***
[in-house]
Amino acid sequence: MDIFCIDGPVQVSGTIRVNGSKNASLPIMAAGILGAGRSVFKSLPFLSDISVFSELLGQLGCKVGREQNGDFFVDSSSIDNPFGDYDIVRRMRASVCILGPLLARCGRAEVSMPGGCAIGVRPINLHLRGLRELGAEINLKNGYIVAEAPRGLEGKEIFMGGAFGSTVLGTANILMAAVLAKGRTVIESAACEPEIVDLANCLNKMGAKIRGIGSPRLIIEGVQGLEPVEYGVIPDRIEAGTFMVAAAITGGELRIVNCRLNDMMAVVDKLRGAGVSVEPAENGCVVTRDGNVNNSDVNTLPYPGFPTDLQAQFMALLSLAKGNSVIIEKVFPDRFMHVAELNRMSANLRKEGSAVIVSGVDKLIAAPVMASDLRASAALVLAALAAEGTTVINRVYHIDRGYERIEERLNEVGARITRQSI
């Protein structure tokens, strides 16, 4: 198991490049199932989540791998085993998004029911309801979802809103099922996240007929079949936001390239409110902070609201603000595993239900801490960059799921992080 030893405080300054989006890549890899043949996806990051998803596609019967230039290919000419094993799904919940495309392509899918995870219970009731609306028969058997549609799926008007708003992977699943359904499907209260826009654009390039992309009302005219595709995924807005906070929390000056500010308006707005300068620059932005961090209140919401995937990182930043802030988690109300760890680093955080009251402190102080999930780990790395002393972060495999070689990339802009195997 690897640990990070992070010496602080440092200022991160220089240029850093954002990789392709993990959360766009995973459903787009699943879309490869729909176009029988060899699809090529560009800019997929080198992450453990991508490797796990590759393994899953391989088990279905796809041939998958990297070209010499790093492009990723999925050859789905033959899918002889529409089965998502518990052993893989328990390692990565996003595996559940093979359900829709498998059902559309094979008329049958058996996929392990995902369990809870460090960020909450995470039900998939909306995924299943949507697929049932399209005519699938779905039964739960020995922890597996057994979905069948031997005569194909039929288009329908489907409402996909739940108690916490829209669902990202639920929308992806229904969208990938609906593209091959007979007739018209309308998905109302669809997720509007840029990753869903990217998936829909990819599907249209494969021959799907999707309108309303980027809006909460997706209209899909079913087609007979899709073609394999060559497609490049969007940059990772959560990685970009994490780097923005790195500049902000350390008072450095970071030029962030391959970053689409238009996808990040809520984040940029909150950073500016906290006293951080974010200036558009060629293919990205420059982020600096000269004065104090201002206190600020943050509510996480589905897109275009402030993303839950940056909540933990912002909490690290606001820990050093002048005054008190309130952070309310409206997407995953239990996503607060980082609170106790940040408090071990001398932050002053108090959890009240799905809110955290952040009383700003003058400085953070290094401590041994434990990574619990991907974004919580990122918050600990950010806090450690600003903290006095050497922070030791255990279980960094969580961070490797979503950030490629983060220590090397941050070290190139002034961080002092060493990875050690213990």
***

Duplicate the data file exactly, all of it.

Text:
[in-house]
Amino acid sequence: MDIFCIDGPVQVSGTIRVNGSKNASLPIMAAGILGAGRSVFKSLPFLSDISVFSELLGQLGCKVGREQNGDFFVDSSSIDNPFGDYDIVRRMRASVCILGPLLARCGRAEVSMPGGCAIGVRPINLHLRGLRELGAEINLKNGYIVAEAPRGLEGKEIFMGGAFGSTVLGTANILMAAVLAKGRTVIESAACEPEIVDLANCLNKMGAKIRGIGSPRLIIEGVQGLEPVEYGVIPDRIEAGTFMVAAAITGGELRIVNCRLNDMMAVVDKLRGAGVSVEPAENGCVVTRDGNVNNSDVNTLPYPGFPTDLQAQFMALLSLAKGNSVIIEKVFPDRFMHVAELNRMSANLRKEGSAVIVSGVDKLIAAPVMASDLRASAALVLAALAAEGTTVINRVYHIDRGYERIEERLNEVGARITRQSI
């Protein structure tokens, strides 16, 4: 198991490049199932989540791998085993998004029911309801979802809103099922996240007929079949936001390239409110902070609201603000595993239900801490960059799921992080 030893405080300054989006890549890899043949996806990051998803596609019967230039290919000419094993799904919940495309392509899918995870219970009731609306028969058997549609799926008007708003992977699943359904499907209260826009654009390039992309009302005219595709995924807005906070929390000056500010308006707005300068620059932005961090209140919401995937990182930043802030988690109300760890680093955080009251402190102080999930780990790395002393972060495999070689990339802009195997 690897640990990070992070010496602080440092200022991160220089240029850093954002990789392709993990959360766009995973459903787009699943879309490869729909176009029988060899699809090529560009800019997929080198992450453990991508490797796990590759393994899953391989088990279905796809041939998958990297070209010499790093492009990723999925050859789905033959899918002889529409089965998502518990052993893989328990390692990565996003595996559940093979359900829709498998059902559309094979008329049958058996996929392990995902369990809870460090960020909450995470039900998939909306995924299943949507697929049932399209005519699938779905039964739960020995922890597996057994979905069948031997005569194909039929288009329908489907409402996909739940108690916490829209669902990202639920929308992806229904969208990938609906593209091959007979007739018209309308998905109302669809997720509007840029990753869903990217998936829909990819599907249209494969021959799907999707309108309303980027809006909460997706209209899909079913087609007979899709073609394999060559497609490049969007940059990772959560990685970009994490780097923005790195500049902000350390008072450095970071030029962030391959970053689409238009996808990040809520984040940029909150950073500016906290006293951080974010200036558009060629293919990205420059982020600096000269004065104090201002206190600020943050509510996480589905897109275009402030993303839950940056909540933990912002909490690290606001820990050093002048005054008190309130952070309310409206997407995953239990996503607060980082609170106790940040408090071990001398932050002053108090959890009240799905809110955290952040009383700003003058400085953070290094401590041994434990990574619990991907974004919580990122918050600990950010806090450690600003903290006095050497922070030791255990279980960094969580961070490797979503950030490629983060220590090397941050070290190139002034961080002092060493990875050690213990």